Communion in the Baptist church is not seen as a partaking of the literal body and blood of Jesus; it is done with the view that the elements are representative of (symbolic of) His body and blood, and "recognizing the Lord's body" is understood as recognizing that the bread and wine are no ordinary food and drink but are filled with representational meaning and memorialist significance. Unfermented grape juice is an acceptable symbol of the blood of Christ, in my view. I would not have a problem with sharing in a memorial of Jesus' death and resurrection with a group of Christians (even Baptist or 'other Protestant' Christians), and my participation would essentially speak of my belief that they are my brothers and sisters in the Lord and members of Christ's body on earth and that they accept me in like kind (whereas declining might be, or might at least be perceived as, a statement to the opposite effect); but at the same time I would realize that it is not quite the same as the Anglican Eucharist, in regard to what the typical Anglican believes is being partaken of.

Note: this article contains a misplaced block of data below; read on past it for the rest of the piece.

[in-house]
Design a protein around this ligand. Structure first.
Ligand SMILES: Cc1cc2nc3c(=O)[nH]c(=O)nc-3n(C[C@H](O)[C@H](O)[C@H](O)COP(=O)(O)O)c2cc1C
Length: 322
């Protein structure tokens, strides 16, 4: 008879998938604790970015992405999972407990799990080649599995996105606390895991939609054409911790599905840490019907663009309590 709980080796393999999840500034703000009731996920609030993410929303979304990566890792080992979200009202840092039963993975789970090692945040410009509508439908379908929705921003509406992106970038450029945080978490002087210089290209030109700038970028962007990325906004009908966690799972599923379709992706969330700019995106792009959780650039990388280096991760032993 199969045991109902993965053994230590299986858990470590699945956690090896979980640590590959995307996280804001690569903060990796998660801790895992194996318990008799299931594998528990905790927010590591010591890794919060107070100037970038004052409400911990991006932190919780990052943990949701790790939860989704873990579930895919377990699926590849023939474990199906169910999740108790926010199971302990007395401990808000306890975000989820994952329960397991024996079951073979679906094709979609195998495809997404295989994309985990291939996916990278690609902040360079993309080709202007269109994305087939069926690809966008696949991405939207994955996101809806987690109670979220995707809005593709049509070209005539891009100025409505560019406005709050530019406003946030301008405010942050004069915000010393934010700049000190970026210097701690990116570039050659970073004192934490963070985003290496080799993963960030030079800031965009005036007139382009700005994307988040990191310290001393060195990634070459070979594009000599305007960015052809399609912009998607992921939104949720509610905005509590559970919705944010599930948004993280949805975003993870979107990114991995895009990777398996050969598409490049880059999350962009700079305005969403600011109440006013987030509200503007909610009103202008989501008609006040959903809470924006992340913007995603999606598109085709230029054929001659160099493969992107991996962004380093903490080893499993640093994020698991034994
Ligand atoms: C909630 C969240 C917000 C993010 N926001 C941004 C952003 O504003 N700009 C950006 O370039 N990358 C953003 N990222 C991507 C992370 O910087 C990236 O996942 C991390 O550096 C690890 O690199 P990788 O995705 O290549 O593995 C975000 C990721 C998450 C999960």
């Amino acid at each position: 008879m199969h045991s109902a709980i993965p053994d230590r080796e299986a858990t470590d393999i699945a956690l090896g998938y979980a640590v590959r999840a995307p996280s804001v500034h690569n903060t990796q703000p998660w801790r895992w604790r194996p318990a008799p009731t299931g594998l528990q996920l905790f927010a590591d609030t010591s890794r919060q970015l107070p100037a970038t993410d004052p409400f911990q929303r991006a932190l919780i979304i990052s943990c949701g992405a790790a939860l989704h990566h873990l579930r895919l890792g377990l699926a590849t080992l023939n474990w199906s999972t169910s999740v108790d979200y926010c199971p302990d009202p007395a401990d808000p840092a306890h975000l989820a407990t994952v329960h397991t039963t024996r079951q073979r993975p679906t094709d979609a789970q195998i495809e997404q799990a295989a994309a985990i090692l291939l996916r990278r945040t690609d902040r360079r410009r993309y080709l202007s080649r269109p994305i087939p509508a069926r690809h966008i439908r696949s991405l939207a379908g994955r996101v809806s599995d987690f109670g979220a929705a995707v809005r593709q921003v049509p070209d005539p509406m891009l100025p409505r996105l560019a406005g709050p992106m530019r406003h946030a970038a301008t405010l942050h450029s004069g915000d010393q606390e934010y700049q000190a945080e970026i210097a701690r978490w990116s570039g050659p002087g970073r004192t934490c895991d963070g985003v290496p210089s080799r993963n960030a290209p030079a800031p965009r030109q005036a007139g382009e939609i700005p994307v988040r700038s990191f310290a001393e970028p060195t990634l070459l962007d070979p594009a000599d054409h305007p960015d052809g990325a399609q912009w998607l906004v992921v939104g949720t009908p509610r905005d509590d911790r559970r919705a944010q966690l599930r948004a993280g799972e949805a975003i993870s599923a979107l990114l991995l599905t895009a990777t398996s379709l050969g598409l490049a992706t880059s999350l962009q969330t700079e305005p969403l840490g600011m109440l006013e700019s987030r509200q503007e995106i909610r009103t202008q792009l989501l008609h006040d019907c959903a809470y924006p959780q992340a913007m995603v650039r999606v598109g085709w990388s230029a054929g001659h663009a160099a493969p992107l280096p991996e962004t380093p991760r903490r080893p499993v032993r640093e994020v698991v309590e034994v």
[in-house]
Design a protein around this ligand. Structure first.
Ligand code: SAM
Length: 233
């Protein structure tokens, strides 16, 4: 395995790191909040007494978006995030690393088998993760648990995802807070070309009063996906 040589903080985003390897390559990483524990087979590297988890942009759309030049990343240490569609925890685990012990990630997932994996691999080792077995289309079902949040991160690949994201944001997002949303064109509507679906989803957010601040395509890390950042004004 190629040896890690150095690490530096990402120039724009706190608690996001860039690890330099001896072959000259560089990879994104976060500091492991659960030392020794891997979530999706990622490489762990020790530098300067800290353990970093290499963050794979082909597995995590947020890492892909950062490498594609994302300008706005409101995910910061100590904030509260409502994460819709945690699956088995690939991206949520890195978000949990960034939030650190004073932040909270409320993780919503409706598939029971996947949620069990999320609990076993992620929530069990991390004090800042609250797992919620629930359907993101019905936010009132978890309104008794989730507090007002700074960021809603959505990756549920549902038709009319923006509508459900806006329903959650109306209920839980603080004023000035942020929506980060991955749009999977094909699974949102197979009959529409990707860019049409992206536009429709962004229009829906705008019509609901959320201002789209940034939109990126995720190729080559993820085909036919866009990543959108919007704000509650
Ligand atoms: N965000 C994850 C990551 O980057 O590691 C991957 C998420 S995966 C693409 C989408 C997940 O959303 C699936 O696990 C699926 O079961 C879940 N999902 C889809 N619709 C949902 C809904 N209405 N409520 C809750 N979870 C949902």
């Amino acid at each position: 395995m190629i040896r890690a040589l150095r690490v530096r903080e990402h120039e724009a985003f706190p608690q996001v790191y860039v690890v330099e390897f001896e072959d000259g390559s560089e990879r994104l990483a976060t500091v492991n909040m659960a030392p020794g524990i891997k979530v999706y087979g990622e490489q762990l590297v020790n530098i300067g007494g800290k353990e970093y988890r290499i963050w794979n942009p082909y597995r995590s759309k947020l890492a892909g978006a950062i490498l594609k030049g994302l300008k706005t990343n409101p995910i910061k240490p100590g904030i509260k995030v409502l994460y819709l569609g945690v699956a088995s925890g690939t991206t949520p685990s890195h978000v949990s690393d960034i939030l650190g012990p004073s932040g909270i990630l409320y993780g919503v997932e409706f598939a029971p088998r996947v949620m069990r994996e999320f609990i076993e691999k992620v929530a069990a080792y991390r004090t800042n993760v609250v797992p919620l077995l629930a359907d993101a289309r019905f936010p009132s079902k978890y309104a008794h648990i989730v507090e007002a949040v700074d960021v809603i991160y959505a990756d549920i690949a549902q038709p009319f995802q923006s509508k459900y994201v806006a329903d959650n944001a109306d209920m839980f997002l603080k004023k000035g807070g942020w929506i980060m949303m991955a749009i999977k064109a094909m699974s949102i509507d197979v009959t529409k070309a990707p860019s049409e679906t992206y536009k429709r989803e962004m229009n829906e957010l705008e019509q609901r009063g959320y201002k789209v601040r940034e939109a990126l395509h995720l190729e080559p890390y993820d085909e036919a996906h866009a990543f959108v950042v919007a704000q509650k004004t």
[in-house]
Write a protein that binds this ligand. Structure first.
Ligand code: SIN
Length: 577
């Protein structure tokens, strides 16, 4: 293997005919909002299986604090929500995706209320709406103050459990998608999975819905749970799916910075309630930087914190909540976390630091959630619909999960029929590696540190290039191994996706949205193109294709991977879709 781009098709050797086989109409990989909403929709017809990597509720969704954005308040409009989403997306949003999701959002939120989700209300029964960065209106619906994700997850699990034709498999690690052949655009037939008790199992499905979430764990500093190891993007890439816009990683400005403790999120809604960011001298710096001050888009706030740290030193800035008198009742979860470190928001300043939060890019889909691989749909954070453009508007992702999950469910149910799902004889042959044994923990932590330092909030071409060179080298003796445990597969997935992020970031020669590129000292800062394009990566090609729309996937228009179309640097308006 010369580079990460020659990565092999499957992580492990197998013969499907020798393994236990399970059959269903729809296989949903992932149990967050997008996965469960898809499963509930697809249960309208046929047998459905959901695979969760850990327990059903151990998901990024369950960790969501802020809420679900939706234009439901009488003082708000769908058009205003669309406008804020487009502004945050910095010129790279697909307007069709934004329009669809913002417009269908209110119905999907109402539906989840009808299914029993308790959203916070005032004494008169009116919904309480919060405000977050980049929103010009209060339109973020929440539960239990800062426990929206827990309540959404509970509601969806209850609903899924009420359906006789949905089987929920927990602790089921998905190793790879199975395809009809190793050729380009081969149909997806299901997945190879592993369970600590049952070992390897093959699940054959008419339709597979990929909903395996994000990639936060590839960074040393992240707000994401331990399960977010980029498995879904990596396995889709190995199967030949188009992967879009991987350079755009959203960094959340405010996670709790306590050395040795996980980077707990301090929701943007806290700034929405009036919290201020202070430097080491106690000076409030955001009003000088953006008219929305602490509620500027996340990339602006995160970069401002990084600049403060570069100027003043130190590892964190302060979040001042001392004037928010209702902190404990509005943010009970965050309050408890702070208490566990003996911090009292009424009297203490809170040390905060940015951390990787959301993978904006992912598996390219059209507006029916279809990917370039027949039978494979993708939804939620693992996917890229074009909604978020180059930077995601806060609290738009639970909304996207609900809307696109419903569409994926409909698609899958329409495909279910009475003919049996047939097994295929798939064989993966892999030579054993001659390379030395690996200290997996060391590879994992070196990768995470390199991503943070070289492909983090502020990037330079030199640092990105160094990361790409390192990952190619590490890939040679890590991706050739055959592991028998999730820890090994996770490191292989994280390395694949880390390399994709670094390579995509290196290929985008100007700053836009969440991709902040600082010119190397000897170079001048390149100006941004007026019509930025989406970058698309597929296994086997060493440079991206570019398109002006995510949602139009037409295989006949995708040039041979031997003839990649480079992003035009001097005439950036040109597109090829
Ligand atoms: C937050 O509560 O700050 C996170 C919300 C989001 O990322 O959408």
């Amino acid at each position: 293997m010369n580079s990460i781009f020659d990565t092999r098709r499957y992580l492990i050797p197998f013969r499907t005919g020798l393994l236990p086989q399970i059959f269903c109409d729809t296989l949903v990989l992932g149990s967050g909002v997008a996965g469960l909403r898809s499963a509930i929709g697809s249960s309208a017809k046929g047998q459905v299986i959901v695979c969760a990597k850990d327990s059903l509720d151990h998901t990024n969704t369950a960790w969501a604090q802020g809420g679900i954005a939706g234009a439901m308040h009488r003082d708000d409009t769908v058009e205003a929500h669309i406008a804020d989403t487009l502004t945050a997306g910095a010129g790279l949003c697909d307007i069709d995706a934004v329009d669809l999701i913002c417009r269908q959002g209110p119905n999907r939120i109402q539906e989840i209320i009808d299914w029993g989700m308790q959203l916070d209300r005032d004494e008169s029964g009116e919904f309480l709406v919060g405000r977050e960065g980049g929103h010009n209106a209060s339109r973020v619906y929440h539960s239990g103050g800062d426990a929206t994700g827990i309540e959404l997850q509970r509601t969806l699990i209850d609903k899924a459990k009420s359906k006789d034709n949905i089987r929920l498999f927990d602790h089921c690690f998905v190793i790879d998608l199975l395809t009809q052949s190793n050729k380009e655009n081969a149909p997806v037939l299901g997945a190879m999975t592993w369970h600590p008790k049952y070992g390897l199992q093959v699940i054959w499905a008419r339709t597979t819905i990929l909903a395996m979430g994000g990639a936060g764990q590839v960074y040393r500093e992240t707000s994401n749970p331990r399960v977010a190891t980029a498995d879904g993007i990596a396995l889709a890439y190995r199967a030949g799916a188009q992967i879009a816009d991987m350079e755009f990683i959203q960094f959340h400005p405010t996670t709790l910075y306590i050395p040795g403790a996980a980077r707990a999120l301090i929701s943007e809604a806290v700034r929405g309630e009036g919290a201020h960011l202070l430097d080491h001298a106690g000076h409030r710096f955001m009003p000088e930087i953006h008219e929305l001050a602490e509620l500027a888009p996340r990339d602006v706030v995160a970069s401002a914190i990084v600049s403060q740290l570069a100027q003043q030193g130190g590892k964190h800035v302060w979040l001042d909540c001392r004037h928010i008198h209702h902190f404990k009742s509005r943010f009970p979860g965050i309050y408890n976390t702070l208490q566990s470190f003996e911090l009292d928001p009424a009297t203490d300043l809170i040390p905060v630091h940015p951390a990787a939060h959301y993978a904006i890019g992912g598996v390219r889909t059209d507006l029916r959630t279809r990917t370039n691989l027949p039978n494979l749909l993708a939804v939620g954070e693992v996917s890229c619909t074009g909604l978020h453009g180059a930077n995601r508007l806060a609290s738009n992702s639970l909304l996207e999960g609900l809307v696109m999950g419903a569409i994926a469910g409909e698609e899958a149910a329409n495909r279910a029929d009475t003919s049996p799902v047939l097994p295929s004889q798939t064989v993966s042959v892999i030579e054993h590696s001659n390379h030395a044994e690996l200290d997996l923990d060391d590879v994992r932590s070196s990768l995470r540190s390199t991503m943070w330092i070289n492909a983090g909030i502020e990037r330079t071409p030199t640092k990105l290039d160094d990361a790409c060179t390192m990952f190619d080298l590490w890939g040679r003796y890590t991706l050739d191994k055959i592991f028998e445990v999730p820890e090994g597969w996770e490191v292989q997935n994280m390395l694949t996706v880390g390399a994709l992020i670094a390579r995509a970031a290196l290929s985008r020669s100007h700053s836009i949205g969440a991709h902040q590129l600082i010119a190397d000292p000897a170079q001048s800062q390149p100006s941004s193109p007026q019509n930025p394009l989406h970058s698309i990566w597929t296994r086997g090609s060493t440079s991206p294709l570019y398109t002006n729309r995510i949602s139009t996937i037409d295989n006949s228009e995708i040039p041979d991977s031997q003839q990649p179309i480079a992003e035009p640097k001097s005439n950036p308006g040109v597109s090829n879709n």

If a person believes it is improper to partake of any communion in which the actual body and blood of Jesus is not present (but is only represented or symbolized), then that person should not take part; Romans 14:23 says, But whoever has doubts is condemned if he eats, because the eating is not from faith. For whatever does not proceed from faith is sin. On the other hand, if a person believes it is acceptable before God to participate, then he may do so, because it is "from faith."